This is a haunting painting in which both the birth giver and the birthed child seem dead. The head of the woman giving birth is shrouded in white cloth while the baby emerging from the womb appears lifeless. At the time that Kahlo painted this work, her mother had just died so it seems reasonable to assume that the shrouded funerary figure is her mother while the baby is Kahlo herself (the title supports this reading). However, Kahlo had also just lost her own child and has said that she is the covered mother figure. The Virgin of Sorrows, who hangs above the bed suggests that this is an image that overflows with maternal pain and suffering. Also though, and revealingly, Kahlo wrote in her diary, next to several small drawings of herself, 'the one who gave birth to herself ... who wrote the most wonderful poem of her life.' Similar to the lithograph Frida and the Miscarriage (1932), My Birth represents Kahlo mourning for the loss of a child, but also finding the strength to make powerful art because of such trauma.
The painting is made in a retablo (or votive) style (a small traditional Mexican painting derived from Catholic Church art) in which thanks would typically be given to the Madonna beneath the image. Kahlo instead leaves this section blank, as though she finds herself unable to give thanks either for her own birth or for the fact that she is now unable to give birth. The painting seems to bring the message that it is important to acknowledge that birth and death live very closely together. Many believe that My Birth was heavily inspired by an Aztec-style sculpture of Tlazolteotl, the Goddess of fertility and midwives.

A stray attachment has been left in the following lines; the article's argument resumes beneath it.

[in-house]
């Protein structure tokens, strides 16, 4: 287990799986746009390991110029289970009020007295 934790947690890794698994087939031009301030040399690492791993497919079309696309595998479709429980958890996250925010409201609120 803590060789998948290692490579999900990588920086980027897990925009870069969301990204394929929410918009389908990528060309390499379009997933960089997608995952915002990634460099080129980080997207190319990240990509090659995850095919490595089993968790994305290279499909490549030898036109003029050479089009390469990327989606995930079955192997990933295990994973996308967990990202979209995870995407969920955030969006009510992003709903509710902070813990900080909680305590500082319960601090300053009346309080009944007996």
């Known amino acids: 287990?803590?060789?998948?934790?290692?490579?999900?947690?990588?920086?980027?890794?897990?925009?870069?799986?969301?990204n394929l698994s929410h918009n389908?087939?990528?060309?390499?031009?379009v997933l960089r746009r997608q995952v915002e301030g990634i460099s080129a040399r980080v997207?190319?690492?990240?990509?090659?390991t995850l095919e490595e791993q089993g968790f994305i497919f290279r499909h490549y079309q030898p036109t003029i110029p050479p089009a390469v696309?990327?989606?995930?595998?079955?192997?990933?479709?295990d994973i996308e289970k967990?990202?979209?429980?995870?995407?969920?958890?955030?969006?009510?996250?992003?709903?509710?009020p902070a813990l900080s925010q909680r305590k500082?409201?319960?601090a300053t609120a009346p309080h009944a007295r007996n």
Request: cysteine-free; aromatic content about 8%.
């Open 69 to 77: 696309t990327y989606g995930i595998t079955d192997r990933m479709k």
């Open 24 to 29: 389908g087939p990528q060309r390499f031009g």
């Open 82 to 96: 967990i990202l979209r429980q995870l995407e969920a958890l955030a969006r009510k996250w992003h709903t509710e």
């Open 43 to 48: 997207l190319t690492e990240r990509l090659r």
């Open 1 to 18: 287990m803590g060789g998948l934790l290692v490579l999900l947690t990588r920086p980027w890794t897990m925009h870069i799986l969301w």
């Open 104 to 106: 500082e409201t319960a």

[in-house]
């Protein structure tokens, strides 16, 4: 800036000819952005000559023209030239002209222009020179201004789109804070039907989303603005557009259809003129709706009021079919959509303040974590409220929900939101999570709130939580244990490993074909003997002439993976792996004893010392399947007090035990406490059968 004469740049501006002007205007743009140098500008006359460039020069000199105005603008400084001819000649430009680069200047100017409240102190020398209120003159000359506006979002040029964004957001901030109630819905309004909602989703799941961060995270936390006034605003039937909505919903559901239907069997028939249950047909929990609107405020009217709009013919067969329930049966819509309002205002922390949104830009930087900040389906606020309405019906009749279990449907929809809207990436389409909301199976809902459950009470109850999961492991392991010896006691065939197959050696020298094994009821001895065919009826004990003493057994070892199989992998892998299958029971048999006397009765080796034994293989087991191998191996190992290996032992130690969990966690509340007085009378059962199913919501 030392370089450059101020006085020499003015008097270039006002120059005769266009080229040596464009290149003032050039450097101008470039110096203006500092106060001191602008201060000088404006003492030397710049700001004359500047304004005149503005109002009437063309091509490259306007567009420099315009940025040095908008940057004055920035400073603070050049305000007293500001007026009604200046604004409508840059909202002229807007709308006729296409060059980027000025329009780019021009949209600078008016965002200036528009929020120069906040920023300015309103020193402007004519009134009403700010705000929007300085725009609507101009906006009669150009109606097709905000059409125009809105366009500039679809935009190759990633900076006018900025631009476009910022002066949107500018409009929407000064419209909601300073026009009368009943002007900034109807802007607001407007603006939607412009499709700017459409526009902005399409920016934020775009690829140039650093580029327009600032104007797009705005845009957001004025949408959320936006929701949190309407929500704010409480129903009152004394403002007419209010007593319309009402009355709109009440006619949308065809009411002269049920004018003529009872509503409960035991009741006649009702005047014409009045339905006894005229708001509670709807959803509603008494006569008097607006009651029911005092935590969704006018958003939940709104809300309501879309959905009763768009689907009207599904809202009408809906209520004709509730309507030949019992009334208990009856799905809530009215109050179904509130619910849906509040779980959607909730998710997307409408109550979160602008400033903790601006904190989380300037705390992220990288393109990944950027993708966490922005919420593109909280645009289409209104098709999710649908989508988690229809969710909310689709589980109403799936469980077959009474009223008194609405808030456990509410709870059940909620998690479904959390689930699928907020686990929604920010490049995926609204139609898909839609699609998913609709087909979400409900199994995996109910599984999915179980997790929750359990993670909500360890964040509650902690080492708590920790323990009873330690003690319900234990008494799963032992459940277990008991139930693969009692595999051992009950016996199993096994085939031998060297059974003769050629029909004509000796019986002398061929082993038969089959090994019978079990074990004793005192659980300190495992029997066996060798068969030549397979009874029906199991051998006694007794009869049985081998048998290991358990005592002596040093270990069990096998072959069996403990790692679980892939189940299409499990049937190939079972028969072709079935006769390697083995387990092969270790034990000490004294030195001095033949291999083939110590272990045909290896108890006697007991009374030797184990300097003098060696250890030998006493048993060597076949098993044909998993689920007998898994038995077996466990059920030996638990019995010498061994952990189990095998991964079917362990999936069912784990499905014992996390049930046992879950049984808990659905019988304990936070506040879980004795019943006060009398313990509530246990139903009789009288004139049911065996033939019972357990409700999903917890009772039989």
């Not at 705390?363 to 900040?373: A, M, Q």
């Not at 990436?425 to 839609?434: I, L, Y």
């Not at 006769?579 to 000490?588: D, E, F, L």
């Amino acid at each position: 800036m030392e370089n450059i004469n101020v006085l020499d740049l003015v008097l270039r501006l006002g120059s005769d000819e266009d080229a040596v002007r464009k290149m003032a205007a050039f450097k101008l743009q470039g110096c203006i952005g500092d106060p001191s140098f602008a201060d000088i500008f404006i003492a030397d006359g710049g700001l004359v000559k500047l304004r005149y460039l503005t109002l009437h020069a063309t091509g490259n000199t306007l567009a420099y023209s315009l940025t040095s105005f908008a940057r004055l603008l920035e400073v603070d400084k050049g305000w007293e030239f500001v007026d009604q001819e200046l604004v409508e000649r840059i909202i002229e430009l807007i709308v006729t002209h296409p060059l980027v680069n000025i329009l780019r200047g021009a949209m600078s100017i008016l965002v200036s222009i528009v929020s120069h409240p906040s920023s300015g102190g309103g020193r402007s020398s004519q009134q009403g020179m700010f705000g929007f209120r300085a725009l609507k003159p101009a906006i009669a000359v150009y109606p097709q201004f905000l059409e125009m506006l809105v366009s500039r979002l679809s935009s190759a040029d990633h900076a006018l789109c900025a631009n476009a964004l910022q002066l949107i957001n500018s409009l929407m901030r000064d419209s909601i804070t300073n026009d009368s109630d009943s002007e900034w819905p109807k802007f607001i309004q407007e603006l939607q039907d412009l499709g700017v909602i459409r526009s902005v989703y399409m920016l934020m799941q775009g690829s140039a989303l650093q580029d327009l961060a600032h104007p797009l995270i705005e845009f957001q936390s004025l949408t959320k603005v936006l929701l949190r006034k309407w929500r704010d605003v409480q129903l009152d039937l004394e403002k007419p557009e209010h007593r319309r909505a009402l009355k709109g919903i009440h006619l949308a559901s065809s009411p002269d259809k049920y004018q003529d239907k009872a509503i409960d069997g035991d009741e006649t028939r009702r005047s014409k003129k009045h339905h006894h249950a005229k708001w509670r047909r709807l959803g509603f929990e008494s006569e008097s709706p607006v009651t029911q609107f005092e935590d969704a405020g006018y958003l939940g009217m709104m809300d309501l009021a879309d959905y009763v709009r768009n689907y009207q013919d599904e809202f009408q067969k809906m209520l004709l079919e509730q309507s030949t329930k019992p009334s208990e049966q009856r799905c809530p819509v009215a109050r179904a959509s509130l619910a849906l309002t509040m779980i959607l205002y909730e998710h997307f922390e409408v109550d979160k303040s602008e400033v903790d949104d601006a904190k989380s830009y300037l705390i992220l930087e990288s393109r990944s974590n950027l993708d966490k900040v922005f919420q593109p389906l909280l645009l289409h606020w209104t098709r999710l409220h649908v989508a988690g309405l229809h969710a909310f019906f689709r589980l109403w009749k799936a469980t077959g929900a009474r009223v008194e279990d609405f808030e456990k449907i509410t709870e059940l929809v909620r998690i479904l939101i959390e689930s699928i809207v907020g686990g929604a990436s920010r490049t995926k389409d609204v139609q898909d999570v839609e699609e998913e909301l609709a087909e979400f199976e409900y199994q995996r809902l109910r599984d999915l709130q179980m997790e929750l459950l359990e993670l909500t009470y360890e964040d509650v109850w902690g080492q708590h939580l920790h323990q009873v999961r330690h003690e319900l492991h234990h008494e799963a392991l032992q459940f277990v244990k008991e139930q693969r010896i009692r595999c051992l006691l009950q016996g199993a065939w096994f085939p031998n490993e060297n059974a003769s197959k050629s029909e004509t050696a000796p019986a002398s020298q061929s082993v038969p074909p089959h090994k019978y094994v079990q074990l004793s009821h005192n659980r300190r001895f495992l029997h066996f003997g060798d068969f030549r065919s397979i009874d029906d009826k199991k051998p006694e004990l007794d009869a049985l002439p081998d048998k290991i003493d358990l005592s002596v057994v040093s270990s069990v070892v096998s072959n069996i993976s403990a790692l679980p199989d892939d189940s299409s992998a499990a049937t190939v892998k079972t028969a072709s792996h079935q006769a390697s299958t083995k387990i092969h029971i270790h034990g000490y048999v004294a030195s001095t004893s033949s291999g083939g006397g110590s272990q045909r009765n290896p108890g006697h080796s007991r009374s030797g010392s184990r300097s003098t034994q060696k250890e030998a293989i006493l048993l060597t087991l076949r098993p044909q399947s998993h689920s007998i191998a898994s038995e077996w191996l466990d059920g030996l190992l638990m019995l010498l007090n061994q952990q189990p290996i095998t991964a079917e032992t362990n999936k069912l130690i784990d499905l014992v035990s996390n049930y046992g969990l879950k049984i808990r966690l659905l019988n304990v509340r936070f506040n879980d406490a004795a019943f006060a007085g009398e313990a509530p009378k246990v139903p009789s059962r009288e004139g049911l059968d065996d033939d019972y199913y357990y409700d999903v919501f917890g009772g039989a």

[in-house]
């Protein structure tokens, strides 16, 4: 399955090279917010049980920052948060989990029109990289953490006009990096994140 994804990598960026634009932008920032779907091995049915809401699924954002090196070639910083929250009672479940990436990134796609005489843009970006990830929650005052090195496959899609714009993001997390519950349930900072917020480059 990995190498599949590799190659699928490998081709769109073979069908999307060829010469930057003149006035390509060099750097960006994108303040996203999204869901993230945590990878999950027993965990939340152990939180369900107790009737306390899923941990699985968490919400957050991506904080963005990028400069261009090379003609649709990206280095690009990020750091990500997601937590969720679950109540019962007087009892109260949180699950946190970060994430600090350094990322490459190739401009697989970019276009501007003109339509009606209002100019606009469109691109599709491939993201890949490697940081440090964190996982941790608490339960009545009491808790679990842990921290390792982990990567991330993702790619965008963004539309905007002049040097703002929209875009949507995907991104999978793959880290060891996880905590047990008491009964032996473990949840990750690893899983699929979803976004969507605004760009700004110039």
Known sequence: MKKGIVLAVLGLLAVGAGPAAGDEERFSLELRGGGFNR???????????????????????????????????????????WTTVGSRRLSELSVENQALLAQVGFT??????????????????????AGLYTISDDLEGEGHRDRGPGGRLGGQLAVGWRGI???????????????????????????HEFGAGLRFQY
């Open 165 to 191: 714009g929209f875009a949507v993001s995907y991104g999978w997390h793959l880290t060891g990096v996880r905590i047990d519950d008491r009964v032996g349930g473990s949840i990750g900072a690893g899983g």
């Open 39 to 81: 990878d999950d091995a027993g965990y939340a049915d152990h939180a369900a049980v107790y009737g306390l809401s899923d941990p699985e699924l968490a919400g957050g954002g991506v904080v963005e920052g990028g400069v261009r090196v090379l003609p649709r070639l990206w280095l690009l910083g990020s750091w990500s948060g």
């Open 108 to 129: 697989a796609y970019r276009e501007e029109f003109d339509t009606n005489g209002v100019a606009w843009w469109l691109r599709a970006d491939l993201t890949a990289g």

Popstar Madonna collected this painting. In an interview with Vanity Fair, Madonna said she used this painting to tell who is her friend and who is not. “If somebody doesn’t like this painting”, Madonna said, “then I know they can’t be my friend”.